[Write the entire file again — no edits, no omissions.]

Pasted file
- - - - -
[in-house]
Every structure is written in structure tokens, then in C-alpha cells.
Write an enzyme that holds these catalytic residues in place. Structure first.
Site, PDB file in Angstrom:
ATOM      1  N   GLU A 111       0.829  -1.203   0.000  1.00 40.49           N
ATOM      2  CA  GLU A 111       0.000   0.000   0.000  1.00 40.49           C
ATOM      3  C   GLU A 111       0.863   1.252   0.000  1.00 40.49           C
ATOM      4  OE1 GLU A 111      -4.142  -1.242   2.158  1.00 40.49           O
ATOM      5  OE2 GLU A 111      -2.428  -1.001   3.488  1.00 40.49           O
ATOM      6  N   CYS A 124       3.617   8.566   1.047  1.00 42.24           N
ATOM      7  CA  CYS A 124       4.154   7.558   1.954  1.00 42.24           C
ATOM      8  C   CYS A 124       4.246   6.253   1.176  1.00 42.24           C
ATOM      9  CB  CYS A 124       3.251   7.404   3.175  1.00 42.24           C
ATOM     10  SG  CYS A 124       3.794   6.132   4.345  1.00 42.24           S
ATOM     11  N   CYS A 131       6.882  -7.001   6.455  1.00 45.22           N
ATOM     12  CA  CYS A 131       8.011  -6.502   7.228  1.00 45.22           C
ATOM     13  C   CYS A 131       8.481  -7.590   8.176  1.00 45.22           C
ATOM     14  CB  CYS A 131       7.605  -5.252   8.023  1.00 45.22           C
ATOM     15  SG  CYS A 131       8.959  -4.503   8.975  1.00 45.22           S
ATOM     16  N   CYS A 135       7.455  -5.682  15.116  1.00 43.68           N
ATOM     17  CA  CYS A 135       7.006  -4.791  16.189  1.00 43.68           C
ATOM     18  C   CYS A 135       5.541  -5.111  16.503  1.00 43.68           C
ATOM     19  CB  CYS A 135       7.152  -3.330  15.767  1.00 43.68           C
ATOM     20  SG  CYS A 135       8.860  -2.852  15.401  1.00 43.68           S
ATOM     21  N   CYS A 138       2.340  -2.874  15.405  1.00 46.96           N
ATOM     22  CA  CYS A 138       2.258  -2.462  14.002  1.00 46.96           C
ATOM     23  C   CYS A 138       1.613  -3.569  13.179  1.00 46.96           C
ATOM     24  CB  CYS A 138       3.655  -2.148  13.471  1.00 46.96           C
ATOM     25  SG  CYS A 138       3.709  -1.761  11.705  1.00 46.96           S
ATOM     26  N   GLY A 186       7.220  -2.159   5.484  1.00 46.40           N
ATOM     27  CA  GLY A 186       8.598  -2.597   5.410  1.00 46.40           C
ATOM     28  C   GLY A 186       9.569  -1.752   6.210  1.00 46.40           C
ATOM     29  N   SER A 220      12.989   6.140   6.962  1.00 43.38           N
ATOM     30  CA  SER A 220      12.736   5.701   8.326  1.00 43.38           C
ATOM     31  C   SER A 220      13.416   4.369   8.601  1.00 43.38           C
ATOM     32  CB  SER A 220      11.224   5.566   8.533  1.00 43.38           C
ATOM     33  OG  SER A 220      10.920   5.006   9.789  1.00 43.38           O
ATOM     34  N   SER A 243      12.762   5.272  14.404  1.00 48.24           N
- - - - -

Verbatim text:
[in-house]
Every structure is written in structure tokens, then in C-alpha cells.
Write an enzyme that holds these catalytic residues in place. Structure first.
Site, PDB file in Angstrom:
ATOM      1  N   GLU A 111       0.829  -1.203   0.000  1.00 40.49           N
ATOM      2  CA  GLU A 111       0.000   0.000   0.000  1.00 40.49           C
ATOM      3  C   GLU A 111       0.863   1.252   0.000  1.00 40.49           C
ATOM      4  OE1 GLU A 111      -4.142  -1.242   2.158  1.00 40.49           O
ATOM      5  OE2 GLU A 111      -2.428  -1.001   3.488  1.00 40.49           O
ATOM      6  N   CYS A 124       3.617   8.566   1.047  1.00 42.24           N
ATOM      7  CA  CYS A 124       4.154   7.558   1.954  1.00 42.24           C
ATOM      8  C   CYS A 124       4.246   6.253   1.176  1.00 42.24           C
ATOM      9  CB  CYS A 124       3.251   7.404   3.175  1.00 42.24           C
ATOM     10  SG  CYS A 124       3.794   6.132   4.345  1.00 42.24           S
ATOM     11  N   CYS A 131       6.882  -7.001   6.455  1.00 45.22           N
ATOM     12  CA  CYS A 131       8.011  -6.502   7.228  1.00 45.22           C
ATOM     13  C   CYS A 131       8.481  -7.590   8.176  1.00 45.22           C
ATOM     14  CB  CYS A 131       7.605  -5.252   8.023  1.00 45.22           C
ATOM     15  SG  CYS A 131       8.959  -4.503   8.975  1.00 45.22           S
ATOM     16  N   CYS A 135       7.455  -5.682  15.116  1.00 43.68           N
ATOM     17  CA  CYS A 135       7.006  -4.791  16.189  1.00 43.68           C
ATOM     18  C   CYS A 135       5.541  -5.111  16.503  1.00 43.68           C
ATOM     19  CB  CYS A 135       7.152  -3.330  15.767  1.00 43.68           C
ATOM     20  SG  CYS A 135       8.860  -2.852  15.401  1.00 43.68           S
ATOM     21  N   CYS A 138       2.340  -2.874  15.405  1.00 46.96           N
ATOM     22  CA  CYS A 138       2.258  -2.462  14.002  1.00 46.96           C
ATOM     23  C   CYS A 138       1.613  -3.569  13.179  1.00 46.96           C
ATOM     24  CB  CYS A 138       3.655  -2.148  13.471  1.00 46.96           C
ATOM     25  SG  CYS A 138       3.709  -1.761  11.705  1.00 46.96           S
ATOM     26  N   GLY A 186       7.220  -2.159   5.484  1.00 46.40           N
ATOM     27  CA  GLY A 186       8.598  -2.597   5.410  1.00 46.40           C
ATOM     28  C   GLY A 186       9.569  -1.752   6.210  1.00 46.40           C
ATOM     29  N   SER A 220      12.989   6.140   6.962  1.00 43.38           N
ATOM     30  CA  SER A 220      12.736   5.701   8.326  1.00 43.38           C
ATOM     31  C   SER A 220      13.416   4.369   8.601  1.00 43.38           C
ATOM     32  CB  SER A 220      11.224   5.566   8.533  1.00 43.38           C
ATOM     33  OG  SER A 220      10.920   5.006   9.789  1.00 43.38           O
ATOM     34  N   SER A 243      12.762   5.272  14.404  1.00 48.24           N